Just as kids will throw themselves into singing or dancing or whatever it is that catches their fancy, they’ll also keep trying until they get it right without any sense of self-consciousness or self-criticism. Did the tower of blocks they just constructed topple? Watch as they immediately start building it back up. We grown-ups could use some of this attitude ourselves instead of looking for quick fixes or giving up on something when we hit a stumbling block. After all, if our children can patiently re-build that Lego® castle after the family dog deconstructed it, can’t we take the time—and have the confidence in ourselves—to master an hour of Zumba or rewrite the perfect term paper for that night class we’ve been taking?
7. Accept Yourself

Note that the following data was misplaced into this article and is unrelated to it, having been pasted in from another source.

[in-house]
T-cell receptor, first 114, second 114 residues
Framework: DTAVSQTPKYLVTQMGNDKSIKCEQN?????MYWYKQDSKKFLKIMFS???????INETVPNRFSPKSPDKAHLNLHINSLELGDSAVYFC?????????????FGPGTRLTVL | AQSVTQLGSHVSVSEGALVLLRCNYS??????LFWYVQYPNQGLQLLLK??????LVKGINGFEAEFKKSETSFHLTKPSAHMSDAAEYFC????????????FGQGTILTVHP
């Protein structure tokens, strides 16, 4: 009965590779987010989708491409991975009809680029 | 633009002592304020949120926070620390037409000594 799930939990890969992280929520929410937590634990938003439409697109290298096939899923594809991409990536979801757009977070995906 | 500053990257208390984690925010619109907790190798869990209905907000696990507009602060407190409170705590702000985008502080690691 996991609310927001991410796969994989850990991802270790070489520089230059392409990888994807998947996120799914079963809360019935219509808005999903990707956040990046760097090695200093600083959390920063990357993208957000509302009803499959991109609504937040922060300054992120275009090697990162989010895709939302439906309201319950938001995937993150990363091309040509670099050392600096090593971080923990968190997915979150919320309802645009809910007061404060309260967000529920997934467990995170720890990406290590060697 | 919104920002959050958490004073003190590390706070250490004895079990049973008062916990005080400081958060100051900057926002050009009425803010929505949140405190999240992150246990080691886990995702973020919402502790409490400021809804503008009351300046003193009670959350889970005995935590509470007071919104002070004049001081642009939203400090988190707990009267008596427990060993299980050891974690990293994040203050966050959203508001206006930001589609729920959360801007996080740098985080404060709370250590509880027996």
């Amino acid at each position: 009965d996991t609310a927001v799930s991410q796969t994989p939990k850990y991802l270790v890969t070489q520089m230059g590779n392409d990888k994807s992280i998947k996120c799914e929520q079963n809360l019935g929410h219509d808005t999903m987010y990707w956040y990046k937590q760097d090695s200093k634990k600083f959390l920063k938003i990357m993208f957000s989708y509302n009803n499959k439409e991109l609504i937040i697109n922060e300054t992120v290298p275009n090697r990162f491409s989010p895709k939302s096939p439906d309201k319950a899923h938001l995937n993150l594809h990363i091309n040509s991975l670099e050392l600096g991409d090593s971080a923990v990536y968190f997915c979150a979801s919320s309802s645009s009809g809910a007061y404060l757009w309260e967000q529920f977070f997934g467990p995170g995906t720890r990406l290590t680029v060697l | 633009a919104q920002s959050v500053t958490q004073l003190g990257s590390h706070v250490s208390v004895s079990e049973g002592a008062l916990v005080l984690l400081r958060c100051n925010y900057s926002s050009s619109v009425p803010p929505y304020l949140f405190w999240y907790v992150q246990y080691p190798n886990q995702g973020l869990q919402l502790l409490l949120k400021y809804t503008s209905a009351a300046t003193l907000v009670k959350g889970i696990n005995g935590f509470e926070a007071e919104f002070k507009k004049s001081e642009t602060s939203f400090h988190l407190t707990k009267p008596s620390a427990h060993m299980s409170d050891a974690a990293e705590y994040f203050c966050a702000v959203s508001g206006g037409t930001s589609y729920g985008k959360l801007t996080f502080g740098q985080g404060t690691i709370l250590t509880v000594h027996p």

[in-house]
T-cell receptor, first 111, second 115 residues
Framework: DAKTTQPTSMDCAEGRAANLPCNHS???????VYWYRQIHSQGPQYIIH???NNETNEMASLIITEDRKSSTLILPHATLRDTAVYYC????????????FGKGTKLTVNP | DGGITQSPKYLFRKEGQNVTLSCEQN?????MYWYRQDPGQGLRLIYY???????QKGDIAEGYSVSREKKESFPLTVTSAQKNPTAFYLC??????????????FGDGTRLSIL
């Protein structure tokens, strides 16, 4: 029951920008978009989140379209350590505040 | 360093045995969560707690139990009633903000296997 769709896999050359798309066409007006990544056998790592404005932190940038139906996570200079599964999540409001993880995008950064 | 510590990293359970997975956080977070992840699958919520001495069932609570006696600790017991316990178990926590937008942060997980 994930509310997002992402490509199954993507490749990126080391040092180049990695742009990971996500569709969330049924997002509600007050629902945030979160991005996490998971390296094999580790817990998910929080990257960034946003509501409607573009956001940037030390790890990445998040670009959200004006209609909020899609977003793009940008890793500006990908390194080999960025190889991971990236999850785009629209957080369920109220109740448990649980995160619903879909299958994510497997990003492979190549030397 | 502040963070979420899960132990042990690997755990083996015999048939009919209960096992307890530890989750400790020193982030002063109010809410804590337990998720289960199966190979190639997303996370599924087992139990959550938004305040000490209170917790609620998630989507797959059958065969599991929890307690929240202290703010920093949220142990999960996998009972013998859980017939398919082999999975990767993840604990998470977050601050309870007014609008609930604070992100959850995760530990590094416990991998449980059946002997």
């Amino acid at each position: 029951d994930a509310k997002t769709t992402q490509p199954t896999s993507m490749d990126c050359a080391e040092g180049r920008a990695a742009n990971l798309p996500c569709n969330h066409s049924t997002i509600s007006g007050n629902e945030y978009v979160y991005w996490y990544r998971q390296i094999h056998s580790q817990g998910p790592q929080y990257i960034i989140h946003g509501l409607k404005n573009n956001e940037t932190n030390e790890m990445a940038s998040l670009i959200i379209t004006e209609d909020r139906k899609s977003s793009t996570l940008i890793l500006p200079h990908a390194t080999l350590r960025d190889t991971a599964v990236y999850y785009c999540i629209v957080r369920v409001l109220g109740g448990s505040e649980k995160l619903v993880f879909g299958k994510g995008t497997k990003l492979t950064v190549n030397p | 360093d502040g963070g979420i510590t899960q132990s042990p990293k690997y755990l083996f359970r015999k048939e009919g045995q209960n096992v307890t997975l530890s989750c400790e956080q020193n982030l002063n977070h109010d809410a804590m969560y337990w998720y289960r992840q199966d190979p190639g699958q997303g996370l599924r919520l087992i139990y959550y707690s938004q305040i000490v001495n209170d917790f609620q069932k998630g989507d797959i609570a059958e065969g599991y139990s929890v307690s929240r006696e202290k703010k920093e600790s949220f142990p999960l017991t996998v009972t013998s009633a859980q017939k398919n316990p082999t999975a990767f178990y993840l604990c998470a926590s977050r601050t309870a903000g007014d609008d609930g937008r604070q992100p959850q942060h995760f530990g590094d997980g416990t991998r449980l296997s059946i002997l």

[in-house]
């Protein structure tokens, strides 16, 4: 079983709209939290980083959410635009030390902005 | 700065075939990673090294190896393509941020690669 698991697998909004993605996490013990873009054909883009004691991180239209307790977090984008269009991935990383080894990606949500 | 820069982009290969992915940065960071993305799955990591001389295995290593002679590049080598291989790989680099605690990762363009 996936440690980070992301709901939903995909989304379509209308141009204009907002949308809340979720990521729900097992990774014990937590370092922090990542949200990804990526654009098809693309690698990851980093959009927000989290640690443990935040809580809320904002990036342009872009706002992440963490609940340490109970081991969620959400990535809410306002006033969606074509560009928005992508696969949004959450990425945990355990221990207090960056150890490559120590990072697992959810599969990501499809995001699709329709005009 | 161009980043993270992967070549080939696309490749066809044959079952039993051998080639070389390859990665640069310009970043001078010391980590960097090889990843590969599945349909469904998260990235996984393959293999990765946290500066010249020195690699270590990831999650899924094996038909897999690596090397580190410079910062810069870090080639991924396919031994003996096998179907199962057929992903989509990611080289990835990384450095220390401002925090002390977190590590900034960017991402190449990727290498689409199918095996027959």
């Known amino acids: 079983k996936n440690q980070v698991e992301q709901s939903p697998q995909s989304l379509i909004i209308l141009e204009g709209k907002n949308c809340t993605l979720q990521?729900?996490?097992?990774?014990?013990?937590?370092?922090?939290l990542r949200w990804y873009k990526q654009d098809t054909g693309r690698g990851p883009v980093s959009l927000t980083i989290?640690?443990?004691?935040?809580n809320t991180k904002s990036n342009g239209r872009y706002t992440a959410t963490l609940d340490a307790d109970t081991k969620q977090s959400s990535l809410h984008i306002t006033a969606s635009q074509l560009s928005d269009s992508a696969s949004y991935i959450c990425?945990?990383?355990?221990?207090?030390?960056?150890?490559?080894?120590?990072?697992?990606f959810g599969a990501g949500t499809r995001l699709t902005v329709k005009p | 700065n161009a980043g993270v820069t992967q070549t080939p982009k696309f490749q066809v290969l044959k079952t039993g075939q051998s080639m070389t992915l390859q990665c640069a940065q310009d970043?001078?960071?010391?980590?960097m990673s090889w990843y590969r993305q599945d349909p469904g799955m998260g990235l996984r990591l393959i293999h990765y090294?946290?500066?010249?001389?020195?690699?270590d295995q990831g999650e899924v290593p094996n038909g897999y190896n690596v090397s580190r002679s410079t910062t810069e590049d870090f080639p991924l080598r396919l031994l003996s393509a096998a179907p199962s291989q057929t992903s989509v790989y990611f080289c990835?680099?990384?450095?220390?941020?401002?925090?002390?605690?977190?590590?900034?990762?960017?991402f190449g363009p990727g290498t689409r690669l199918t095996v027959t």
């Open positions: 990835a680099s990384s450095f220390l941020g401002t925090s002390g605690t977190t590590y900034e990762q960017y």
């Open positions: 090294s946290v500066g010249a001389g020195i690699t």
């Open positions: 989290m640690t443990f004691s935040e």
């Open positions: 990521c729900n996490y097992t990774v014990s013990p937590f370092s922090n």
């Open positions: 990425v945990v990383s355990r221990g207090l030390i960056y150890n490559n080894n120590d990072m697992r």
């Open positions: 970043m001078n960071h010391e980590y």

“I like my hair! I like my haircuts! I like my pajamas!” These are the words not of a particularly exuberant motivational speaker, but an adorable 4-year-old girl named Jessica in a YouTube video called Jessica’s ‘Daily Affirmation. “I can do anything good! Yeah! Yeah! Yeah!” shouts Jessica, in front of her bathroom mirror. We could all use some of this cheerful, unselfconscious self-affirmation. I’ve never heard a child complain about having curly hair versus straight, or shoulders that are too big or small, or legs that are too chubby or too skinny. But I’ve heard all of my friends say these things (and more) about themselves—and unfortunately, children are quick to pick up on it and turn the same critical eye upon themselves. Imagine, if you possibly can, going a day without grimacing at the sight of your upper arms in the mirror, or obsessing over your cellulite, or wishing your feet were just a tad smaller. Imagine how liberating it would be not to worry about your pores, or the cost of that lotion that’s guaranteed to minimize under-eye circles. For one thing, you’d accomplish so much more in this new role as a woman who doesn’t care that her feet are a size eleven (who wears kitten heels, anyway?). And for another, you might just inspire that same self-confidence in your growing child, who might any day fall victim to this insidious kind of discontent with his or her self. And that’s reason enough right there.